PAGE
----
Narmeta, Siddipet

Excavation at Narmeta sets back region’s history to 3,500 years

Beads made of bones and used as ornaments and two conches found

The ongoing excavation at Narmeta and Palamakula villages in Nanganur mandal of Siddipet district may set back the history of the region to at least 3,500 years as the excavation site belongs to Megalithic period.

Burial site

The Department of Archaeology and Museums has taken up excavation at Menhir burial site at Narmeta, located between Siddipet and Husnabad. Two burial sites – a Menhir and a Cairn burial –were selected for excavation. The sites were named Meg-I and Meg-II.

The excavation at Meg-I was done adopting quadrangular method. This Menhir burial has double circles of boulders.

The diameter of Meg-I is 14 metres and it has 24 boulders forming the inner circle and six boulders on the outer circle. It has the Menhir planted on the northern side, which measures 2.9 metres in height and 95 cm in width. A capstone found at this site measures 6m long, 4m wide and 65cm deep.

Beads made of bones and used as ornaments were found at the burial site. Similarly, four fire stands and two conches were also found during the excavation. The officials believe this would help throw some light on the culture of that period.

Cultural phase

According to the officials of Archaeology Department, Megalithic excavations are marked by a tomb, built of huge stones either dressed or undressed.

These tombs built in south India represent a distinctive cultural phase which succeeded the primitive Neolithic culture.

Also know as Iron Age, the Megalithic period is dated between 1,000 BC and second century AD.

Interesting artifacts

“The Meg-II is located on the northern side of Meg-I and has diameter of 10m. There are no boulders at this site. At a depth of 1.3 metres, we found an oval shape pit with loose soil. We were able to collect redware pots, pointed-shape iron arrowheads and conches,” Assistant Director (Archaeology) P. Nagaraju toldThe Hindu .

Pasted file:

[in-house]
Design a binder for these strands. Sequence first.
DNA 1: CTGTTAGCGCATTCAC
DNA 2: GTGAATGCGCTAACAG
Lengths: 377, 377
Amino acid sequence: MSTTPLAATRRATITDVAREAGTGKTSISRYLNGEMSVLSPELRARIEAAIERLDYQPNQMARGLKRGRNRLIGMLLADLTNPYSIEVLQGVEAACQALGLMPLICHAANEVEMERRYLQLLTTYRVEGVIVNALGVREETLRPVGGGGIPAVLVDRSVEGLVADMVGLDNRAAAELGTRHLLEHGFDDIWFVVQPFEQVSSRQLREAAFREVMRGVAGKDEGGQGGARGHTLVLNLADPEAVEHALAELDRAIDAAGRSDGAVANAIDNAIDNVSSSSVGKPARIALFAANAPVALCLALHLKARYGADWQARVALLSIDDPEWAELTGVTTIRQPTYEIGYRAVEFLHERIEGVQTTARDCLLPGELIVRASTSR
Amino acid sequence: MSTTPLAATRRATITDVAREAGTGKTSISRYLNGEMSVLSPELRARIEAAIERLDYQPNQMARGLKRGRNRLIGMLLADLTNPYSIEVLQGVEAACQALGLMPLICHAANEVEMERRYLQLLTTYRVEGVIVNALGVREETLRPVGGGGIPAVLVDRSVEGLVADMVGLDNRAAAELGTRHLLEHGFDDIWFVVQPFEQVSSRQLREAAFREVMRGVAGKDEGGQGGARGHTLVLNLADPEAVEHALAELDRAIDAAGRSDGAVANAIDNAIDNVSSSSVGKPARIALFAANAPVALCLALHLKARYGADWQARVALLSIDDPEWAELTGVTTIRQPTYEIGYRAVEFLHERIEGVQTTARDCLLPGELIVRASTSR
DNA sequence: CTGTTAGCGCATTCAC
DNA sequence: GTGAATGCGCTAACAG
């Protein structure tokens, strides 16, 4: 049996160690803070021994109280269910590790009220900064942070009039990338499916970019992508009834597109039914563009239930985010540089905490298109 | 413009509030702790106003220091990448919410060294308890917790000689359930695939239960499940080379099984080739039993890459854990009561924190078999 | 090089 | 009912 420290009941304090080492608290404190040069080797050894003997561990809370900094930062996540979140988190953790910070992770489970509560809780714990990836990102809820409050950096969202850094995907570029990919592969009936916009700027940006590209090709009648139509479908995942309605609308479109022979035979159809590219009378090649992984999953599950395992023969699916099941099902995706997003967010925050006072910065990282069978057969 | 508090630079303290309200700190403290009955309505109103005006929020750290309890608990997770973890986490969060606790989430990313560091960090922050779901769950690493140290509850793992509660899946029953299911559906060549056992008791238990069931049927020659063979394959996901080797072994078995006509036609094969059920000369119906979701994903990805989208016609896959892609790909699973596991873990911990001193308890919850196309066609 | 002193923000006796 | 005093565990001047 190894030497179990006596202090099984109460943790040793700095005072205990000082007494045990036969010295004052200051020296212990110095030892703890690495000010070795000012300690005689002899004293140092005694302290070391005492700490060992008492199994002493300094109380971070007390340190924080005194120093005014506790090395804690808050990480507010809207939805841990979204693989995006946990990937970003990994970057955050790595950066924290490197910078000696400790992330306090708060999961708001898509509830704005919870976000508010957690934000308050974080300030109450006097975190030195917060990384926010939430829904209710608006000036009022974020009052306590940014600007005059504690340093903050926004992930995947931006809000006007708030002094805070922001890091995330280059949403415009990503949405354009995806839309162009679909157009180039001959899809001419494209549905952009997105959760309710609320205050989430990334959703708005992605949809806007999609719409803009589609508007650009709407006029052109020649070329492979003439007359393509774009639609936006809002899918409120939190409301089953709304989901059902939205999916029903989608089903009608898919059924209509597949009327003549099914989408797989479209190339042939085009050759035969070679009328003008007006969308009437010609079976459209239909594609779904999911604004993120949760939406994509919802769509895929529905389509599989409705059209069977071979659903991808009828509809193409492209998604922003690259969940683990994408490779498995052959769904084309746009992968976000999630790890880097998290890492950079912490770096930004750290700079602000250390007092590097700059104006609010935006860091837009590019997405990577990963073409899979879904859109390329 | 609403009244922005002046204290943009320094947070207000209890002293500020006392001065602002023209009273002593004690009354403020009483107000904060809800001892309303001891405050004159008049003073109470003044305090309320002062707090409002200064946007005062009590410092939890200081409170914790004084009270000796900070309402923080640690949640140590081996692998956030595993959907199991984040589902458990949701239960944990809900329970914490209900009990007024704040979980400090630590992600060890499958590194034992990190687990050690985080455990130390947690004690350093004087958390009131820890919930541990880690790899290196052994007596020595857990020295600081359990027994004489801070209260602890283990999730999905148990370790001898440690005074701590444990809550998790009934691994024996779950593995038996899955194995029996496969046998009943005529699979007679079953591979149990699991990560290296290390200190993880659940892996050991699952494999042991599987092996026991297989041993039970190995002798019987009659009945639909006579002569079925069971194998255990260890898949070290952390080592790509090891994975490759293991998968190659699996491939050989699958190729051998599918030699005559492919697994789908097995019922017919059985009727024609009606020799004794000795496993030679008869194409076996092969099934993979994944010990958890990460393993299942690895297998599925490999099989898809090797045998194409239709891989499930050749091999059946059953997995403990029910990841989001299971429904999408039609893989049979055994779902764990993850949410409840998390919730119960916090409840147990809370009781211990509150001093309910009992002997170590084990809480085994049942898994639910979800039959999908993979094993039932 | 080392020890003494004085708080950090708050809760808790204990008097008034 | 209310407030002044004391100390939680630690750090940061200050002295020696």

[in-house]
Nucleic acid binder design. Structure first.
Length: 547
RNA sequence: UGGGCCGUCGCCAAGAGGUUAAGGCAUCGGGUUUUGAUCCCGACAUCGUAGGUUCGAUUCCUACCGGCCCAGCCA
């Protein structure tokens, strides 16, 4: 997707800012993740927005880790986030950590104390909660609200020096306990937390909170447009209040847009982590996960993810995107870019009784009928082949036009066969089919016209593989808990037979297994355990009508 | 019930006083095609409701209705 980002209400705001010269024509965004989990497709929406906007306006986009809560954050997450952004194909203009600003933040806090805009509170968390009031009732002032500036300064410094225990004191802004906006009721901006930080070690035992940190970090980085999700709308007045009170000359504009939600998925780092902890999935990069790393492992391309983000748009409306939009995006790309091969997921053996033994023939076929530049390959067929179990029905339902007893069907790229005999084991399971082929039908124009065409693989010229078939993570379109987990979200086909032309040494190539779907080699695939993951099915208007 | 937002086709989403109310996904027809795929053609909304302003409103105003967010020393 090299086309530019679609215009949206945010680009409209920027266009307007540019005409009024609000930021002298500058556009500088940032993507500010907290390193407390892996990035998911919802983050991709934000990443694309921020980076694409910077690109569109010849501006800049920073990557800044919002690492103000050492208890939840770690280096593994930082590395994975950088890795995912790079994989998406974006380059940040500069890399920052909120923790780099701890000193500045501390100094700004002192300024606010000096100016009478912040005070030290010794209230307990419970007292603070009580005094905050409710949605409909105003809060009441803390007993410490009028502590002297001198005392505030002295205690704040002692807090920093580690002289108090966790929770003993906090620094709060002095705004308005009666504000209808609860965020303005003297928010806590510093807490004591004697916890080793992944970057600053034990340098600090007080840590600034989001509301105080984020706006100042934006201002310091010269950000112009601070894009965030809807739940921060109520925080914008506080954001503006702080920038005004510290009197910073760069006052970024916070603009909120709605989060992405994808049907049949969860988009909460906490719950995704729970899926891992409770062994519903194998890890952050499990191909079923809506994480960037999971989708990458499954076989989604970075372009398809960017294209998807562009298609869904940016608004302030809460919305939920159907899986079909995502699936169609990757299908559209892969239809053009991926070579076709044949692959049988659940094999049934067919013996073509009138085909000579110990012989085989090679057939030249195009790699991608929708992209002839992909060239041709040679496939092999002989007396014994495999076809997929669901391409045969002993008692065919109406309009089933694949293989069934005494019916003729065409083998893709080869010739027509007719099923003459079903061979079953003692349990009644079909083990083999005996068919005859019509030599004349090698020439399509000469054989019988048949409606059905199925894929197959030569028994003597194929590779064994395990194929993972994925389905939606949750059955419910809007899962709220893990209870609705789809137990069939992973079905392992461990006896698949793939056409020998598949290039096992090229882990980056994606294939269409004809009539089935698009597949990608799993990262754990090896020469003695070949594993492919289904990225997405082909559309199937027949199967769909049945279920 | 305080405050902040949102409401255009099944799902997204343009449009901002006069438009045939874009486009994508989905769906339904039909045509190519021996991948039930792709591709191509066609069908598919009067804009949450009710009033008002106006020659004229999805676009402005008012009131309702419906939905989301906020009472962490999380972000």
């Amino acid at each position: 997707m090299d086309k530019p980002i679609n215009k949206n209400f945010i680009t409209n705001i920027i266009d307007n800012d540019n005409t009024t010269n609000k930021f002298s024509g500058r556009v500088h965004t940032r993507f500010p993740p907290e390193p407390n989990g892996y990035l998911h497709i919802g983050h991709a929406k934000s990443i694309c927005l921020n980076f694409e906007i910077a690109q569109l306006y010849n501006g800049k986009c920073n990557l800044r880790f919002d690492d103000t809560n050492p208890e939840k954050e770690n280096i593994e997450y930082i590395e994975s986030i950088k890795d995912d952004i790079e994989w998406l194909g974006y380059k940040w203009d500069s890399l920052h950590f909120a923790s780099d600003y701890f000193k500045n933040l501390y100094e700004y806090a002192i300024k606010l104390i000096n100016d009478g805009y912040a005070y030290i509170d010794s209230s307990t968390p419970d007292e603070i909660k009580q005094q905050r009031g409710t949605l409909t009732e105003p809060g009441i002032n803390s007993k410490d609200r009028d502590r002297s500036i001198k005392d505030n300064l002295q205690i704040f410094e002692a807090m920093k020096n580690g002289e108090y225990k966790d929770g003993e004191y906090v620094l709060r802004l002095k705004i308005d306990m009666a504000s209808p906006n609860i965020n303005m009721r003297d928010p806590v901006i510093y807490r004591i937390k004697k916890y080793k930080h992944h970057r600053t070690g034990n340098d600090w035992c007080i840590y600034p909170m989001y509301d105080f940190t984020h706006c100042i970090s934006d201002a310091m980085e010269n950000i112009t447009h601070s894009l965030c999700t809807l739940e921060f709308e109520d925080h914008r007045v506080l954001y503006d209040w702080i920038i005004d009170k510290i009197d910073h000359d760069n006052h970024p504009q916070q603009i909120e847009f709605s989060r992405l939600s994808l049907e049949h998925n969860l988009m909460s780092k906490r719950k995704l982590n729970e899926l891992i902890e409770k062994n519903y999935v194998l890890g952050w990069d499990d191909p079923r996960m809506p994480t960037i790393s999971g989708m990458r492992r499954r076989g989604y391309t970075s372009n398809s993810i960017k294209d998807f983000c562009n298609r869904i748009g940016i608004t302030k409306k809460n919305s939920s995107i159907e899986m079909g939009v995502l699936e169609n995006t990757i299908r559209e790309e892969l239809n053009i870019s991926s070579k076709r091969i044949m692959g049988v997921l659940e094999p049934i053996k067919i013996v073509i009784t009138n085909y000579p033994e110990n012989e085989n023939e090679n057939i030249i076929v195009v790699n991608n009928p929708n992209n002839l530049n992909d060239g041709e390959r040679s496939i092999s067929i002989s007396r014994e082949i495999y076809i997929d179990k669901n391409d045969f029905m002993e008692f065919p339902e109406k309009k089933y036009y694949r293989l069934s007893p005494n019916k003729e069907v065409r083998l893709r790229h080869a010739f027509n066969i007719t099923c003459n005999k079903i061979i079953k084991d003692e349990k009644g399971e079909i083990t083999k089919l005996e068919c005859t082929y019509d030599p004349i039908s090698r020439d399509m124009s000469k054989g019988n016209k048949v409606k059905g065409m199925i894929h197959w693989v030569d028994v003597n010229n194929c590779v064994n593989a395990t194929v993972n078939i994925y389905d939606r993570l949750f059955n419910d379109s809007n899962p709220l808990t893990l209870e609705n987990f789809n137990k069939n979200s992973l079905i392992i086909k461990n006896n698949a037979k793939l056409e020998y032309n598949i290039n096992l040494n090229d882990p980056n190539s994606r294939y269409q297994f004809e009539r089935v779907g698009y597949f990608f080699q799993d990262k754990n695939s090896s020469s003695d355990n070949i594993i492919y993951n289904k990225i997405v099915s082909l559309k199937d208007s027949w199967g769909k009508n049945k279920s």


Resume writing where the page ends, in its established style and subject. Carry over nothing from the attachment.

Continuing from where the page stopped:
“The excavation that took place at Pullur banda indicates that it belongs to 500 BC and people might have migrated from north west of India. Eleswaram in Nalgonda district dated back to 1,200 years and we believe that this site may belong to 1,500 BC. However, the actual date can be ascertained only after carbon-dating,” said Niraj Rai, a senior scientist from the Centre for Cellular and Molecular Biology (CCMB).

A capstone in the shape of a human body was excavated at Narmeta village,  This is the largest capstone ever discovered by the department in its 100-year history. It was excavated near an ancient human burial site and is said to be at least 2,750 years old.

Though there was initial euphoria that it was the world’s largest capstone, director of department NR Visalatchy said that it would be premature to say so.

“This capstone is 6.7 metres in length. Usually, they are half or one-third of its size. Only one stone was used for the entire body and another one to cover the head,” Visalatchy said.